HOUSTON - The city of Houston faces a multibillion-dollar pension crisis. Firefighters, police officers and municipal workers are negotiating pension benefits while taxpayers will be left to pick up the tab if no consensus is reached.
“Ultimately, the city of Houston covers these expenses through tax revenue, through sales tax, property tax, and at the end of the day, taxpayers, in one way or another, are going to be on the hook for this," City Controller Chris Brown said.
Houston did not arrive here overnight, as the debt has been building for 17 years. Houston’s pension liability now stands at almost $8 billion owed to police, firefighters and municipal employees and is growing at a rate of more than $1 million a day, every day.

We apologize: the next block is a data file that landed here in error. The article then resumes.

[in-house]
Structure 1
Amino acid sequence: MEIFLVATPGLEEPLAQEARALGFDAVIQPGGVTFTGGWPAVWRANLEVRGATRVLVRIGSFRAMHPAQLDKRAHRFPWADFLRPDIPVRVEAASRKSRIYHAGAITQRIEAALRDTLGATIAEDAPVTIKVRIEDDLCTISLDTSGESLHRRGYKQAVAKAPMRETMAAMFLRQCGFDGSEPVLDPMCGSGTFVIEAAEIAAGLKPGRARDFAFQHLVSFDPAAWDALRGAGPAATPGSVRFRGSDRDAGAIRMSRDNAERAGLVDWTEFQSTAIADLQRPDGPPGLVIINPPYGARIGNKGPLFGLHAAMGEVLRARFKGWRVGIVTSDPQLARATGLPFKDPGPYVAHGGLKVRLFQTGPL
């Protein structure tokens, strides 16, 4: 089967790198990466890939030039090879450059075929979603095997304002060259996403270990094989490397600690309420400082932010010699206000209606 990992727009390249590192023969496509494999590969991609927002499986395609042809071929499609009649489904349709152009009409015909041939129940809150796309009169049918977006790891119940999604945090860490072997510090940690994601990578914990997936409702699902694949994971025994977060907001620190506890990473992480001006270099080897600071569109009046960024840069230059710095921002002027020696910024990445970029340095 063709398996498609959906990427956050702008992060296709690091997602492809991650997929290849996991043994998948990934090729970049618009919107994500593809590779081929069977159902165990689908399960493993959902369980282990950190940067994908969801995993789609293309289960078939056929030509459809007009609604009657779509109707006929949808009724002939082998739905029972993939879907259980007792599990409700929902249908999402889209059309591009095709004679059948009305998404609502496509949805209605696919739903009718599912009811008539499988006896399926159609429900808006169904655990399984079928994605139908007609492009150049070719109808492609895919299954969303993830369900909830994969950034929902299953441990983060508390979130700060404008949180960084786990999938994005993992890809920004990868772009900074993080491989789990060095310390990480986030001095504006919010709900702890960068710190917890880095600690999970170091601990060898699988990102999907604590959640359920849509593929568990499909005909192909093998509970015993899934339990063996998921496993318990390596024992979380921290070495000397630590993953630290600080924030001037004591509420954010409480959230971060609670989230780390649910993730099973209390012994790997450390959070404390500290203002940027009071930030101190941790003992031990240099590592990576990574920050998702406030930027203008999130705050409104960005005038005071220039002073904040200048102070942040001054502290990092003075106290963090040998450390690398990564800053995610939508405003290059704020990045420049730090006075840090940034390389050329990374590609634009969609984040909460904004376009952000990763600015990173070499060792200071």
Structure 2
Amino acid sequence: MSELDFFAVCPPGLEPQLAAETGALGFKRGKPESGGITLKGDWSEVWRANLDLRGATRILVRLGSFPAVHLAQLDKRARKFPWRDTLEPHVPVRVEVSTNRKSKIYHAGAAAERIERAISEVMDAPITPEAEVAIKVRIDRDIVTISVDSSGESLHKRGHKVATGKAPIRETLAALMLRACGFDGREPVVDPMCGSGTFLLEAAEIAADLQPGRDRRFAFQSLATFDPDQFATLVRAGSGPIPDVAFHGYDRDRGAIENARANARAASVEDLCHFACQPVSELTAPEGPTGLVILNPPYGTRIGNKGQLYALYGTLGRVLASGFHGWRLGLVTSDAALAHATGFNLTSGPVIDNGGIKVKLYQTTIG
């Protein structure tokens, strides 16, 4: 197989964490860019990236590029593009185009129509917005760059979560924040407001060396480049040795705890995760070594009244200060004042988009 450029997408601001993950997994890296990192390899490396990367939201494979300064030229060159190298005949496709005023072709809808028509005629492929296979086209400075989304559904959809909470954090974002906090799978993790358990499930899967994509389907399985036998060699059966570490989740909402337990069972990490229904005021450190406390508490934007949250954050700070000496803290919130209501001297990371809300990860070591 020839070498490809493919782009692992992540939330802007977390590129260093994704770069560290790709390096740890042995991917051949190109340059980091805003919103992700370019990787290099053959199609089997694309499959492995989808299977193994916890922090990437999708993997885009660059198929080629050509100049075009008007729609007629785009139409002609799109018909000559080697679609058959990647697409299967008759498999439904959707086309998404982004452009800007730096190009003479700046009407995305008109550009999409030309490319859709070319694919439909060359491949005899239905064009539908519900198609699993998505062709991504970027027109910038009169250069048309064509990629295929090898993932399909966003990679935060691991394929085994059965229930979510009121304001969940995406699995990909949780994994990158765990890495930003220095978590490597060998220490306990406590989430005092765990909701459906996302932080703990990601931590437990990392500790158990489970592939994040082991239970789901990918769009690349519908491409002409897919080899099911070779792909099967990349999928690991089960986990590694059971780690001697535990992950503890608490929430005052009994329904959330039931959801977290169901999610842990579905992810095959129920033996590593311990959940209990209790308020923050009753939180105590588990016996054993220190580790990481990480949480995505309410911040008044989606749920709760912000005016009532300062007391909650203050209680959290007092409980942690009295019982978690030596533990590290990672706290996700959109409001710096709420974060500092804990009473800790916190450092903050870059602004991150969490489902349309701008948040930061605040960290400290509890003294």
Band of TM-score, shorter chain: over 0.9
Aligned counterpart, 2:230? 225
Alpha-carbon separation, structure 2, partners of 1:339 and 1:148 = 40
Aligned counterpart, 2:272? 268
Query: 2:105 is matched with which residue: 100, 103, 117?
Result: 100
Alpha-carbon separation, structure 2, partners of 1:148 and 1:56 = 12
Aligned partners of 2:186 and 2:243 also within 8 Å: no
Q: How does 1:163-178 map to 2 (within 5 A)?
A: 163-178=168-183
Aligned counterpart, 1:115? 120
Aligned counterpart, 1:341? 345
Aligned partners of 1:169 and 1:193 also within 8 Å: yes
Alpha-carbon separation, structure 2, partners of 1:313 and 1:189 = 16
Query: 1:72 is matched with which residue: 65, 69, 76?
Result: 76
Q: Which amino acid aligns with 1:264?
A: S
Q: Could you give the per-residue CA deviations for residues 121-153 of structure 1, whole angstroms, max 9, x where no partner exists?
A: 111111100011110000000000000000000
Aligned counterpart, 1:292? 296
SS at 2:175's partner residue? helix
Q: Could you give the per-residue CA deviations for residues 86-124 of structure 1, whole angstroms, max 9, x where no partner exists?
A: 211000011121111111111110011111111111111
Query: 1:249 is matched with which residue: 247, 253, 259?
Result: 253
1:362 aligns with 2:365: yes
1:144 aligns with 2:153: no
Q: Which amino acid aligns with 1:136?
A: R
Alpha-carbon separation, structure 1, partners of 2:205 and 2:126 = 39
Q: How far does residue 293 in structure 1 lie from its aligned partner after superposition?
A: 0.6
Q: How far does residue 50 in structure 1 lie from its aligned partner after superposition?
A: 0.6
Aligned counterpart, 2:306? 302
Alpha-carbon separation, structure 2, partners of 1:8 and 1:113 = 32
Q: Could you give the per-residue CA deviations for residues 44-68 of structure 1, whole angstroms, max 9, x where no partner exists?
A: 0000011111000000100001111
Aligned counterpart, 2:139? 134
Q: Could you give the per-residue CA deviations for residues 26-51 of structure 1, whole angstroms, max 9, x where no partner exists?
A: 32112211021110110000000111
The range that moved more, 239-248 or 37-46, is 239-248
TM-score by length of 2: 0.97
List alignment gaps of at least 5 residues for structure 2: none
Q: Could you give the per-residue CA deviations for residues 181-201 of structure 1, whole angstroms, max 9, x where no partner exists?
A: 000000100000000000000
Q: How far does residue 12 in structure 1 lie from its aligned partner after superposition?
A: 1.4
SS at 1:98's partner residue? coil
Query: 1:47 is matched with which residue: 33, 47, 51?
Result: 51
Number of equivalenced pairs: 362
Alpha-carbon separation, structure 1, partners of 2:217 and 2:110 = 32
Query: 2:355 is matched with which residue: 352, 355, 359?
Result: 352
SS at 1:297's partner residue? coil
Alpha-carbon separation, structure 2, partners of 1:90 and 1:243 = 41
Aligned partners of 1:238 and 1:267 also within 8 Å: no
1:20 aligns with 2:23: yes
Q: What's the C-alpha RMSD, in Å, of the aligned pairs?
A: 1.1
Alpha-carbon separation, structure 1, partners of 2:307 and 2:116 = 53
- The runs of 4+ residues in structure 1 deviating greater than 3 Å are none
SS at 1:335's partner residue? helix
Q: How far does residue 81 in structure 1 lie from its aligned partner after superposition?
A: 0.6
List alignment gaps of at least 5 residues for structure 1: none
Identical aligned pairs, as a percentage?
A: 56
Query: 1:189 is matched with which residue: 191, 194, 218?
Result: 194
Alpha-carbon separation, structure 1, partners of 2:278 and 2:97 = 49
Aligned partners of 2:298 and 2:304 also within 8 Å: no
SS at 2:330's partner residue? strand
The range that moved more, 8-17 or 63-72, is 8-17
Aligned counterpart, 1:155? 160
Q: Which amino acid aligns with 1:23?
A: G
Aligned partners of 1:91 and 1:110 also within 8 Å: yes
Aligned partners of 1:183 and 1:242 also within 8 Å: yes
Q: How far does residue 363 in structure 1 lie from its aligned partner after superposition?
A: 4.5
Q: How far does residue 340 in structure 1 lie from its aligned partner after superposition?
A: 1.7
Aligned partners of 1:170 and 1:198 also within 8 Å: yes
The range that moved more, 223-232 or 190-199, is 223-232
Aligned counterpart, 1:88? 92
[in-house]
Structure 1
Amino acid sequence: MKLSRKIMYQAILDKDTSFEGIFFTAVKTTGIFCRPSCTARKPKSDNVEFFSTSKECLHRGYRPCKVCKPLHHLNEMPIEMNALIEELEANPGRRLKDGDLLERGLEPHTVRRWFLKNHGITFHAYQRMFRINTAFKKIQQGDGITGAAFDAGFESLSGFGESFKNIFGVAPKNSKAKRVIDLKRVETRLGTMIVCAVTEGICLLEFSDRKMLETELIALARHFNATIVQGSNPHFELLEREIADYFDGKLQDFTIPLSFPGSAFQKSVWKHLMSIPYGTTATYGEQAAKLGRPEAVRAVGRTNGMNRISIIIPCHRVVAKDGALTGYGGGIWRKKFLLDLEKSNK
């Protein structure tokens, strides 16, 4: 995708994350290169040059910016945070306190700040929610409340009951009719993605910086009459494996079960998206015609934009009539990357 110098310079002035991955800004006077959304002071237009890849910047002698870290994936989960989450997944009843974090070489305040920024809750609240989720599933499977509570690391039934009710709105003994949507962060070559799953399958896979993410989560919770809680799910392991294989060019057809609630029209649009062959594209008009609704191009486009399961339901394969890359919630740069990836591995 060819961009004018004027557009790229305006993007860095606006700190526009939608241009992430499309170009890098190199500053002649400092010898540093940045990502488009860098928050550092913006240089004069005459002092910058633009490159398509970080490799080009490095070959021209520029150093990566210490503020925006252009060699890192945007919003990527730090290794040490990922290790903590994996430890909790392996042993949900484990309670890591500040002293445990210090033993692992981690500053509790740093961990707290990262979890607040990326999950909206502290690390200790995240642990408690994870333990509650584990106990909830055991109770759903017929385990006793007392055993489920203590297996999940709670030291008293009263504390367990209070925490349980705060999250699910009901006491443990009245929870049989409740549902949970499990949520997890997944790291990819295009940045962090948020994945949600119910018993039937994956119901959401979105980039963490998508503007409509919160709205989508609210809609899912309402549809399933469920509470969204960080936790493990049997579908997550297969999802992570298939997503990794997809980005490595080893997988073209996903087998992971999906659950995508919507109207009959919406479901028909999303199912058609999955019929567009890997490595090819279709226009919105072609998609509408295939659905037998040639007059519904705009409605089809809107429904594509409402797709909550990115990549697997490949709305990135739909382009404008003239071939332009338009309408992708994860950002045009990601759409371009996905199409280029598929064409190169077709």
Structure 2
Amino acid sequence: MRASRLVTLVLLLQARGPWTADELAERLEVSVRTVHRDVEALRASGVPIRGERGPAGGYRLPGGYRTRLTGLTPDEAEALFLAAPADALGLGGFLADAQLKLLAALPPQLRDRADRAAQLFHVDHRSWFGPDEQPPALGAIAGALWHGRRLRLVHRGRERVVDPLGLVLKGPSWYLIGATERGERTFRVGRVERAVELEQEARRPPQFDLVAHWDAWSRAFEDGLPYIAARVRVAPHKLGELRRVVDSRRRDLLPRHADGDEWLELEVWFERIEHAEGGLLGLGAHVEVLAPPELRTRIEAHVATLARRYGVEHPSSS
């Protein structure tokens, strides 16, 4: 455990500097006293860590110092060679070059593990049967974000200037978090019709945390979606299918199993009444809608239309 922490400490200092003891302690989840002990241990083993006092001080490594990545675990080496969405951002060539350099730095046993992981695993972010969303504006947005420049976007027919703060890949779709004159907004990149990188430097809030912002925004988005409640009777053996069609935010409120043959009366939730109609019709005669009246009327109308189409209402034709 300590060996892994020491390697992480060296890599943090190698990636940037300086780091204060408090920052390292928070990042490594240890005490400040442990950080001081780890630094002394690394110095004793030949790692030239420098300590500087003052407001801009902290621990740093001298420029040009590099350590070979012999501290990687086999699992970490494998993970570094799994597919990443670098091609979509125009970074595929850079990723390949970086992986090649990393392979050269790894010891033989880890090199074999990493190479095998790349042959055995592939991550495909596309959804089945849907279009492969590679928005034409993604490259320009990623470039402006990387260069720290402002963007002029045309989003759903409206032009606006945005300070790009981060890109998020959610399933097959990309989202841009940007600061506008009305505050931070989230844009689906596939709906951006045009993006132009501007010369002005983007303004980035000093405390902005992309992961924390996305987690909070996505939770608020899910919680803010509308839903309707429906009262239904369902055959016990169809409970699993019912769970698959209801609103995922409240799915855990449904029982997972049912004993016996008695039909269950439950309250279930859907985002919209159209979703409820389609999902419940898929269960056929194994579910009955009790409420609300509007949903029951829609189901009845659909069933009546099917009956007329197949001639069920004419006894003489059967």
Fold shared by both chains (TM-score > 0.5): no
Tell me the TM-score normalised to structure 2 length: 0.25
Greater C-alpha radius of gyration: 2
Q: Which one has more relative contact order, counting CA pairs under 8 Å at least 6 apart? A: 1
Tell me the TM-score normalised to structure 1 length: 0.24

Mayor Sylvester Turner's toughest critics are the firefighters, who have the most to lose if the mayor’s plan goes through, and their dissatisfaction was on full display in Senate hearings this week.
“I don’t think that any of us are opposed to reform, but I am opposed to people going back on their word that they gave us,” Lisa Slagle, a Houston firefighter, said.
The mayor’s plan would shrink the shortfall by more than $3 billion through voluntary benefit cuts and a $1 billion bond. He warned that the city would be forced to lay off 1,800 workers next year if the current proposed bill -- a bill he insists will pass -- doesn’t get passed.
“I was a legislator for 26 years," Turner said. "Very seldom do you get a perfect bill, but you don’t sacrifice the good seeking the perfect."
The House is scheduled to present its pension bill on Monday. Sources said it doesn’t require a public vote, but it’s not clear it will have the provisions to satisfy firefighters.
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